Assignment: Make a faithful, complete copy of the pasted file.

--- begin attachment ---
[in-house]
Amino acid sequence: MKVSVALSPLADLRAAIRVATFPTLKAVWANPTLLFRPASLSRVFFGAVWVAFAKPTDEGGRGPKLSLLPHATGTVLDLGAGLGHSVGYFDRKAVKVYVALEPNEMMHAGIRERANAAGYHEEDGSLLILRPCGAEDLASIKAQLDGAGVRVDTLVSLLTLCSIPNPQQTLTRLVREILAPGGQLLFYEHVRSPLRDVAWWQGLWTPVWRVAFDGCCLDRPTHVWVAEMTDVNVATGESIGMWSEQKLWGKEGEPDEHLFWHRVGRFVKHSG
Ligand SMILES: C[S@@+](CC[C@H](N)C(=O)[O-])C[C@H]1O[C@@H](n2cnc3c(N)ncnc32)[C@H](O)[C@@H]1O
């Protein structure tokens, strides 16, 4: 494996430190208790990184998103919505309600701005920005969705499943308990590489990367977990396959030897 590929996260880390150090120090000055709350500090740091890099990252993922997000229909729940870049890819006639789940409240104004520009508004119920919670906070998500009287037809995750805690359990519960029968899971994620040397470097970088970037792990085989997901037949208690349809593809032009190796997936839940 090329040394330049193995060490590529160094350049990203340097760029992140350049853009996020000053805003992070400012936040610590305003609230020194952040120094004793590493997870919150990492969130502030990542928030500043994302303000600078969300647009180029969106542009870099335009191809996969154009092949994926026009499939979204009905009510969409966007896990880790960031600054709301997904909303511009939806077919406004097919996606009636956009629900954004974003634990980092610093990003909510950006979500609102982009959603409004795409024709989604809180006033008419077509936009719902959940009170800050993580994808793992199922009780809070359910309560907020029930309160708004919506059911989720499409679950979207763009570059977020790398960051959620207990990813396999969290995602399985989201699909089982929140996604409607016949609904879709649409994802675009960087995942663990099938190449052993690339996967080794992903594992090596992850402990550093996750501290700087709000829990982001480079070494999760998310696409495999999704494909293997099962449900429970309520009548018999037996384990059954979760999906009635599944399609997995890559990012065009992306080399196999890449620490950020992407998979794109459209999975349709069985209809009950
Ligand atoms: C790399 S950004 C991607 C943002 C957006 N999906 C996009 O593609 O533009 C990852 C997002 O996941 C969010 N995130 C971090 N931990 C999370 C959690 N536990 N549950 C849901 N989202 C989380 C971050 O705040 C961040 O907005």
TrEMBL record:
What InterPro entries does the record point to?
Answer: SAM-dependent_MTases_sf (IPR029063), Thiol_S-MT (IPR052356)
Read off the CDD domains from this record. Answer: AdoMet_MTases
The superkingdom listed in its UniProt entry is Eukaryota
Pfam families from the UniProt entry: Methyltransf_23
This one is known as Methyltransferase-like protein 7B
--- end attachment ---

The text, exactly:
[in-house]
Amino acid sequence: MKVSVALSPLADLRAAIRVATFPTLKAVWANPTLLFRPASLSRVFFGAVWVAFAKPTDEGGRGPKLSLLPHATGTVLDLGAGLGHSVGYFDRKAVKVYVALEPNEMMHAGIRERANAAGYHEEDGSLLILRPCGAEDLASIKAQLDGAGVRVDTLVSLLTLCSIPNPQQTLTRLVREILAPGGQLLFYEHVRSPLRDVAWWQGLWTPVWRVAFDGCCLDRPTHVWVAEMTDVNVATGESIGMWSEQKLWGKEGEPDEHLFWHRVGRFVKHSG
Ligand SMILES: C[S@@+](CC[C@H](N)C(=O)[O-])C[C@H]1O[C@@H](n2cnc3c(N)ncnc32)[C@H](O)[C@@H]1O
């Protein structure tokens, strides 16, 4: 494996430190208790990184998103919505309600701005920005969705499943308990590489990367977990396959030897 590929996260880390150090120090000055709350500090740091890099990252993922997000229909729940870049890819006639789940409240104004520009508004119920919670906070998500009287037809995750805690359990519960029968899971994620040397470097970088970037792990085989997901037949208690349809593809032009190796997936839940 090329040394330049193995060490590529160094350049990203340097760029992140350049853009996020000053805003992070400012936040610590305003609230020194952040120094004793590493997870919150990492969130502030990542928030500043994302303000600078969300647009180029969106542009870099335009191809996969154009092949994926026009499939979204009905009510969409966007896990880790960031600054709301997904909303511009939806077919406004097919996606009636956009629900954004974003634990980092610093990003909510950006979500609102982009959603409004795409024709989604809180006033008419077509936009719902959940009170800050993580994808793992199922009780809070359910309560907020029930309160708004919506059911989720499409679950979207763009570059977020790398960051959620207990990813396999969290995602399985989201699909089982929140996604409607016949609904879709649409994802675009960087995942663990099938190449052993690339996967080794992903594992090596992850402990550093996750501290700087709000829990982001480079070494999760998310696409495999999704494909293997099962449900429970309520009548018999037996384990059954979760999906009635599944399609997995890559990012065009992306080399196999890449620490950020992407998979794109459209999975349709069985209809009950
Ligand atoms: C790399 S950004 C991607 C943002 C957006 N999906 C996009 O593609 O533009 C990852 C997002 O996941 C969010 N995130 C971090 N931990 C999370 C959690 N536990 N549950 C849901 N989202 C989380 C971050 O705040 C961040 O907005």
TrEMBL record:
What InterPro entries does the record point to?
Answer: SAM-dependent_MTases_sf (IPR029063), Thiol_S-MT (IPR052356)
Read off the CDD domains from this record. Answer: AdoMet_MTases
The superkingdom listed in its UniProt entry is Eukaryota
Pfam families from the UniProt entry: Methyltransf_23
This one is known as Methyltransferase-like protein 7B